Nicolin Girmes-Grieco has expressed that she feels she has been extremely fortunate to have been given the opportunity to teach small, medium, and large classes; lectures and labs; and courses in human nutrition and food science. Throughout her teaching experiences her students have always been the driving force behind everything she does and how she does it. Their feedback is her primary impetus for the changes she makes to continuously enhance her teaching. To make learning challenging yet not overwhelming, she provides her students with note guides, which they complete as they come to her class so that they are actively taking notes while they also have plenty of time to process the information and to ask thoughtful questions, which can then ignite a dialogue that is informative, spontaneous, and meaningful to both her and her students. To reinforce what her students are learning in the classroom, she assigns work that is relevant to the course content as well as to their lives presently and in the future. In a laboratory class that is designed to teach undergraduates research methodology, her students have conducted their own research study from beginning to end each semester as they perform the role of investigator and subject. In her recently assigned Food Selection and Preparation course, she and her students explored the functionality of different ingredients as they modernized and transformed traditional recipes to become more therapeutic ones by increasing, decreasing, or eliminating ingredients like dietary fiber, unhealthy fats, or gluten. These are just a few examples of how her teaching is always student-driven and learner-centered.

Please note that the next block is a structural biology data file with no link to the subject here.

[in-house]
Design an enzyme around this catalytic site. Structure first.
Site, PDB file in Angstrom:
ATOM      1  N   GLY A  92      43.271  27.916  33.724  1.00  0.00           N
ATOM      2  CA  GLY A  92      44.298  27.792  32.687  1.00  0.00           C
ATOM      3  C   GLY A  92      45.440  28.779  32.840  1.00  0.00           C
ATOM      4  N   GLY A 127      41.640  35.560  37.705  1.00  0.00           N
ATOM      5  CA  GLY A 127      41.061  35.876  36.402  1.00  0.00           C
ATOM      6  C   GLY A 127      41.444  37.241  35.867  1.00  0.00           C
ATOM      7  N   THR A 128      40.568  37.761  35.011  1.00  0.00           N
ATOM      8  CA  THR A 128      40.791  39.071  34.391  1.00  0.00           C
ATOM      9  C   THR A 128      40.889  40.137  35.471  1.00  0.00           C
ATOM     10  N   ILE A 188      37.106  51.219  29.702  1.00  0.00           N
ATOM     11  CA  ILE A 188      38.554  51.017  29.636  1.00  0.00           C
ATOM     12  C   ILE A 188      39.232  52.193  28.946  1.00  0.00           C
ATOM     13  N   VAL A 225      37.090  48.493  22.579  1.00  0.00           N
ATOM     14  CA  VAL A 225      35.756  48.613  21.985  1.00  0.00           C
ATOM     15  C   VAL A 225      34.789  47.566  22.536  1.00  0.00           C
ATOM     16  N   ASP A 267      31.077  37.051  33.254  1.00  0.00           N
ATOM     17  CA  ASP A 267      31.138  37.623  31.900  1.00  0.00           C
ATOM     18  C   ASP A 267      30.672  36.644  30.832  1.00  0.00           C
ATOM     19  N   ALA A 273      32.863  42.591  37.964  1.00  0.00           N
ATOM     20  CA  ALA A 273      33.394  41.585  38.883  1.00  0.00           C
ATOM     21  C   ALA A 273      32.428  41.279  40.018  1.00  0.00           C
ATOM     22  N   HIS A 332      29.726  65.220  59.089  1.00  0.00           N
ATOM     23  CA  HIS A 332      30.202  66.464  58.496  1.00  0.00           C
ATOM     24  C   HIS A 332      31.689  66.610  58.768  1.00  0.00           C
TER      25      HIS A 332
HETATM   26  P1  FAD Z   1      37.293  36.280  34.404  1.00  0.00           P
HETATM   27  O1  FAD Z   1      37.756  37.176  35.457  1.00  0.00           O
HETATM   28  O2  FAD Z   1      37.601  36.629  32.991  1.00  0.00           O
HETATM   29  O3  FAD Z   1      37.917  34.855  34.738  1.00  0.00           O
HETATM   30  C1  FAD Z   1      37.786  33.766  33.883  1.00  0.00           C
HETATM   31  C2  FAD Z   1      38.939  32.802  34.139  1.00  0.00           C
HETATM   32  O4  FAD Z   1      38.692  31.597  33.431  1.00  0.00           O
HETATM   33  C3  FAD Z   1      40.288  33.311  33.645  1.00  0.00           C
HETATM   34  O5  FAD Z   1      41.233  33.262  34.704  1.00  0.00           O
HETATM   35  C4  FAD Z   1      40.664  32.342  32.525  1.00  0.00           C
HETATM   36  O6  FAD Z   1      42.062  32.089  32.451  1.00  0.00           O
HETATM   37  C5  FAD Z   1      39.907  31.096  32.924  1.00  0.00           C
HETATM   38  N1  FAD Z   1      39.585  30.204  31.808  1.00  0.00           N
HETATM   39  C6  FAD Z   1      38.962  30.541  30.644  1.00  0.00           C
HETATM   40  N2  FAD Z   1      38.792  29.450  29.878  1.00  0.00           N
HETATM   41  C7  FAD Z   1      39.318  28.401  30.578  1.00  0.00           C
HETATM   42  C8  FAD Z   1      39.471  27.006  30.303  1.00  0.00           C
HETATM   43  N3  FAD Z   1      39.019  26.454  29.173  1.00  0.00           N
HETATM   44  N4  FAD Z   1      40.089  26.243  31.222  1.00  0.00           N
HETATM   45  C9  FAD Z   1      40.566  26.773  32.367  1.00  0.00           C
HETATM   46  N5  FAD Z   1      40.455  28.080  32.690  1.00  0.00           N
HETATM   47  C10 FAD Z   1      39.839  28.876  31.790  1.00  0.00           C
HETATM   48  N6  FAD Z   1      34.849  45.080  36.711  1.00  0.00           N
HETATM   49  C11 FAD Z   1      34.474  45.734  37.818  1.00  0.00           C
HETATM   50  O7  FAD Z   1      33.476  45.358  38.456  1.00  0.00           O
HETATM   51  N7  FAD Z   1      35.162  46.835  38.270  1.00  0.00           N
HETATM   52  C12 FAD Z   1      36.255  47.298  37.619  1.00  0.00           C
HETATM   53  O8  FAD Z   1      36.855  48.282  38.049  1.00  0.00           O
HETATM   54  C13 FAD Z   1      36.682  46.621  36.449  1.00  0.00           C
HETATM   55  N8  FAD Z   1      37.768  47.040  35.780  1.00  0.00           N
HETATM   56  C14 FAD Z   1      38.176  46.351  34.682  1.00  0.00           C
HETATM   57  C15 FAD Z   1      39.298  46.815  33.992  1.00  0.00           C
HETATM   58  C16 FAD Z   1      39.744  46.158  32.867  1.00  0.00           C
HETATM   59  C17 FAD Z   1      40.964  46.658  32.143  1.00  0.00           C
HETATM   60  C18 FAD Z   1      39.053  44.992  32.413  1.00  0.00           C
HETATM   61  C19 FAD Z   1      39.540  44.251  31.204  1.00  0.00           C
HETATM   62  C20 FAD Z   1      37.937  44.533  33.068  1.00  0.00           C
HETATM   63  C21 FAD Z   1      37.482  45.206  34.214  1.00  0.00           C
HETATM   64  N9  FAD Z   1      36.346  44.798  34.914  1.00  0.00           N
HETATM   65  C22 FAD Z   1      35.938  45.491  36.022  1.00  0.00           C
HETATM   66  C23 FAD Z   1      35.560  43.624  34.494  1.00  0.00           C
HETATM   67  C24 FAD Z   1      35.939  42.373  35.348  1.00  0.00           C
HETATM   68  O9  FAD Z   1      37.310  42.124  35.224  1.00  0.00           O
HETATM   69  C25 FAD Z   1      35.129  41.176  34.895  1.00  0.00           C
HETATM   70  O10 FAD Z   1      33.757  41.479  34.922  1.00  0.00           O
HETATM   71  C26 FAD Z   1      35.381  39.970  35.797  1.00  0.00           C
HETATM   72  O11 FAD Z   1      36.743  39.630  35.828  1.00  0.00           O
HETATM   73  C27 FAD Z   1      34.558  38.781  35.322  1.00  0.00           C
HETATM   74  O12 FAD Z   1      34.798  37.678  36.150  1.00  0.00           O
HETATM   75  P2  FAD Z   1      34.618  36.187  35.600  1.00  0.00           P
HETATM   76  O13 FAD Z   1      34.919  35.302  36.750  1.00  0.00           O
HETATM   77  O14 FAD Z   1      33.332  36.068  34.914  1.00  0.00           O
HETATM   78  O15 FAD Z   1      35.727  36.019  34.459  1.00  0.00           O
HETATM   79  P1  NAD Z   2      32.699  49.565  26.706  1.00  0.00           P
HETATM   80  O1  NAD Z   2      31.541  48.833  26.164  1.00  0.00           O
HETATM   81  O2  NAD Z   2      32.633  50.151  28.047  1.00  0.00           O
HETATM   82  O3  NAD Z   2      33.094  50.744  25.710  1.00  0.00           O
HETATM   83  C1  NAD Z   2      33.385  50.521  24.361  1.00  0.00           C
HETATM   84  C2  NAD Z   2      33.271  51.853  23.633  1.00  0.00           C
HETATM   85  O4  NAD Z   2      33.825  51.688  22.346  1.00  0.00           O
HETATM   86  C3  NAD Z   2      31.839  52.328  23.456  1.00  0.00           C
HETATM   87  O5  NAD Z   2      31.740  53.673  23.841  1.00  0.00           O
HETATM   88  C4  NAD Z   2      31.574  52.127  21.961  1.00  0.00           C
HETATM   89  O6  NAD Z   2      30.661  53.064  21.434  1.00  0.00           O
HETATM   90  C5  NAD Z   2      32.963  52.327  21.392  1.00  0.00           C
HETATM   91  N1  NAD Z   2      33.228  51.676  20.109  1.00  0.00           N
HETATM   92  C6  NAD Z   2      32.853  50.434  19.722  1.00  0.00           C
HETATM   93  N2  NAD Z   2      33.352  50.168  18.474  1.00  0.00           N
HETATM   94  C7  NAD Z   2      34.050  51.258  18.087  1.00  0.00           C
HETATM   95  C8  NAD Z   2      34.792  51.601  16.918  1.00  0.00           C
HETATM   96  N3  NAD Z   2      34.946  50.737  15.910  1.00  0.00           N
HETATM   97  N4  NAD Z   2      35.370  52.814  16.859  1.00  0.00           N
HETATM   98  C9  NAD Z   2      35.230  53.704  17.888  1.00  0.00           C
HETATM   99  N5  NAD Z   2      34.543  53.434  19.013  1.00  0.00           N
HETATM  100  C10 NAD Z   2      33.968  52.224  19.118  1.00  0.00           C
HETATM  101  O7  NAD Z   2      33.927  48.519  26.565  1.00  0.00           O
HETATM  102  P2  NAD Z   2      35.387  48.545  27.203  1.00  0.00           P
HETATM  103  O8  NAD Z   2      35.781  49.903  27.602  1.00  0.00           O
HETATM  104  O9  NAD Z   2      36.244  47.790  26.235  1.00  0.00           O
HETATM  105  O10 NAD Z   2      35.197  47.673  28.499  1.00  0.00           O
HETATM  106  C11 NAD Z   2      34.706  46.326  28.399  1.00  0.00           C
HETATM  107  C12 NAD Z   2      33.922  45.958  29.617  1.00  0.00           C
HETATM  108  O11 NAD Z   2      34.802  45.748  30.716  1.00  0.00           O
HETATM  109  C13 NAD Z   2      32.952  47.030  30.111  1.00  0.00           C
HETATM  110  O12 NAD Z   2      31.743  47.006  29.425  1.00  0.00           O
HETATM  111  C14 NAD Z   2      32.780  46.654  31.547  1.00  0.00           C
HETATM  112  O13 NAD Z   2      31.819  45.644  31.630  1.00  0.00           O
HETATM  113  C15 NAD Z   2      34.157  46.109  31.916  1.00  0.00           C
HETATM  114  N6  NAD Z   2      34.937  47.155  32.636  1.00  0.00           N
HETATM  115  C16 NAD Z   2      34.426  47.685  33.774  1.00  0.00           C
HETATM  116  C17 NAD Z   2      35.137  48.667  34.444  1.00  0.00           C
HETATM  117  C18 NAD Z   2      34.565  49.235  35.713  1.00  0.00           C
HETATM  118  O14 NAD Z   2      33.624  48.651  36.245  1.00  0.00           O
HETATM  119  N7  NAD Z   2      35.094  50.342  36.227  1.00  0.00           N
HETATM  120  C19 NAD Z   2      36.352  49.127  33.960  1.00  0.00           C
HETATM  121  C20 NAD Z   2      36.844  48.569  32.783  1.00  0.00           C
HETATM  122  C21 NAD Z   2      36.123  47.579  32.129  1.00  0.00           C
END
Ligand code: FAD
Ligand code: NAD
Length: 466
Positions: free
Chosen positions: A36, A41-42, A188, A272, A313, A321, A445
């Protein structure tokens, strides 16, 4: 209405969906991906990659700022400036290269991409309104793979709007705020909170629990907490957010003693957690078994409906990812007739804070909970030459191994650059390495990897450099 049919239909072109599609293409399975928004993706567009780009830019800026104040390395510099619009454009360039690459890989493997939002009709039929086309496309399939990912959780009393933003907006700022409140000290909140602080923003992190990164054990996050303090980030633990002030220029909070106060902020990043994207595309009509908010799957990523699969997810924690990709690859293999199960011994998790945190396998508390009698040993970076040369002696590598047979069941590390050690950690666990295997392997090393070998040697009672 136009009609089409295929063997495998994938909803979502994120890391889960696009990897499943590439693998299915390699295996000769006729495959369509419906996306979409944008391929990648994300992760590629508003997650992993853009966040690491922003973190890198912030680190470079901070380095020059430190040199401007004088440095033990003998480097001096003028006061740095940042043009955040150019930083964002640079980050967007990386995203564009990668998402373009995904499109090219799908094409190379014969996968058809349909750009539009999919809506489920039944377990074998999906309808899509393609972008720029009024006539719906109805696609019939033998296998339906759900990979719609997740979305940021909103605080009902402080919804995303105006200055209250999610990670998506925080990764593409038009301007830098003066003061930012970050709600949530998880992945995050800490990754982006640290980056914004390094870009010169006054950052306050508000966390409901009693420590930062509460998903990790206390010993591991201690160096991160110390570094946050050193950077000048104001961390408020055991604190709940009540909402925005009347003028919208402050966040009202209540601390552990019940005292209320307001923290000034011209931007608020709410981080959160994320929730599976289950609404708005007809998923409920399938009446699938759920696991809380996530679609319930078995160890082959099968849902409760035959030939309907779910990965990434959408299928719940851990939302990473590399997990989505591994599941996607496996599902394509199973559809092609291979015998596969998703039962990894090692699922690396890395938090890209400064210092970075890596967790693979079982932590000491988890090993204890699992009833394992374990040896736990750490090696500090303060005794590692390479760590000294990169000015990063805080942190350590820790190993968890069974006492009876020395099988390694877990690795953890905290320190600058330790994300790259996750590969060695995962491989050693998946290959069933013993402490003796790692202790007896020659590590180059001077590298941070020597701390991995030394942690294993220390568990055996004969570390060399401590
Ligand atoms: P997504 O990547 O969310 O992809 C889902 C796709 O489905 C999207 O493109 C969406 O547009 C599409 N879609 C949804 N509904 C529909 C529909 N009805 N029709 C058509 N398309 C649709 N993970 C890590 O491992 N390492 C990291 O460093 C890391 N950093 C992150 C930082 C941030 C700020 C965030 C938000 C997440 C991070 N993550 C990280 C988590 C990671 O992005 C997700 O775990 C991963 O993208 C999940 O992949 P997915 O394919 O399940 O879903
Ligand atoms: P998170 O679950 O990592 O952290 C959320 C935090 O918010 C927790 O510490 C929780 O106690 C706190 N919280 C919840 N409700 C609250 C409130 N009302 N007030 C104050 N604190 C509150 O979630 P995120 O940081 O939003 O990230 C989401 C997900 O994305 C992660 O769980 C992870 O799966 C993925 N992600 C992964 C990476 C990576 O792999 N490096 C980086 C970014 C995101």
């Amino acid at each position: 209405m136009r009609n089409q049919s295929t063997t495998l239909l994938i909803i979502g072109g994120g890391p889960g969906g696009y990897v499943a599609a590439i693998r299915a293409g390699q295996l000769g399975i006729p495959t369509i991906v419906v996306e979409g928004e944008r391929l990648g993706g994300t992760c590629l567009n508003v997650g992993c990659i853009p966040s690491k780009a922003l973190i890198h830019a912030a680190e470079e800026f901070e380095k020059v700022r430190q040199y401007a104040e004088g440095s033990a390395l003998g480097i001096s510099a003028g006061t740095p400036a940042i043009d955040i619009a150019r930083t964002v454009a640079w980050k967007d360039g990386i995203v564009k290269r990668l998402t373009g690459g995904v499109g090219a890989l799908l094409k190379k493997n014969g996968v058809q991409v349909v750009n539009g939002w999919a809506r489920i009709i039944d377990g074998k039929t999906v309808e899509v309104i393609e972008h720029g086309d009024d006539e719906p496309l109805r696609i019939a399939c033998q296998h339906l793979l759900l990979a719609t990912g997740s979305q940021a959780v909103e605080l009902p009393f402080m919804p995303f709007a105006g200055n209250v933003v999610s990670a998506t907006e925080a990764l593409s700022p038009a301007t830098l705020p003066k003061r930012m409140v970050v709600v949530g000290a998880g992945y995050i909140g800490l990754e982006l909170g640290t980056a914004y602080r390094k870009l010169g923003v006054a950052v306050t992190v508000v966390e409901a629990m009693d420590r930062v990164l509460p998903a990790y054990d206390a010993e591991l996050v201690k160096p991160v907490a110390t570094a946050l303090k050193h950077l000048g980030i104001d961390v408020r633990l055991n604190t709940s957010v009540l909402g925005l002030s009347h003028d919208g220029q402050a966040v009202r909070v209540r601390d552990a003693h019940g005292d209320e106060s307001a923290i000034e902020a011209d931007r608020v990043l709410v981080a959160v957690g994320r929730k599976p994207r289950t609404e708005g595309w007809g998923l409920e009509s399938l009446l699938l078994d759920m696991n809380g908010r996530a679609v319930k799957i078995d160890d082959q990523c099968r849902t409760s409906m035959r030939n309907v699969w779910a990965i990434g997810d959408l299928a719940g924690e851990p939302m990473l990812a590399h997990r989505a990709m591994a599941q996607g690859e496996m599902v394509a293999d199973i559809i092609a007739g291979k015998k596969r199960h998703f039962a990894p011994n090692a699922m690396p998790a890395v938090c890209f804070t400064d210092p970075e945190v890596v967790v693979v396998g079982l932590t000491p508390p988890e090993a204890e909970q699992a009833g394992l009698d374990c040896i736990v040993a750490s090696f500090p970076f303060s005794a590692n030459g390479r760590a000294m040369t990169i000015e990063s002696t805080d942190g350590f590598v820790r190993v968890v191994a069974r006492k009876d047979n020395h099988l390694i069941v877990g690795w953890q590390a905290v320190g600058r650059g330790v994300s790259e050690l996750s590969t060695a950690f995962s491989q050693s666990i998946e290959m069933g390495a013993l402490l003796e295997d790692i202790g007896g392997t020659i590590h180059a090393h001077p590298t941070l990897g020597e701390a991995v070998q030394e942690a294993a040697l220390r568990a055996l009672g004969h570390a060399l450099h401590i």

Whether she instructs 150 or 400+ undergraduates per semester, the vast majority of her students respond well to her efforts and she is very grateful for their constructive feedback. Between 2011 and 2013, her average student evaluation (SPOT item 7) was 5.71/6.00 and multiple students commented that she was the “best teacher” they had ever had. She was selected as a Favorite Faculty in 2010, 2013, and in 2014, and during the 2012-2013 academic year, she was the College of Agriculture and Life Sciences’ recipient of the Certificate of Teaching Excellence Award. She explained, “To be recognized by those who inspire me the most – my students and my colleagues – for something that feeds my heart and soul every day – has simply been beyond my wildest imagination!”

“Prof. Grieco is the most knowledgeable, approachable, and dedicated professor I have had the pleasure of learning under here at VT. People like her are what make VT a world class learning experience” [Anonymous Comment from SPOT Survey, HNFE 3034, spring 2013]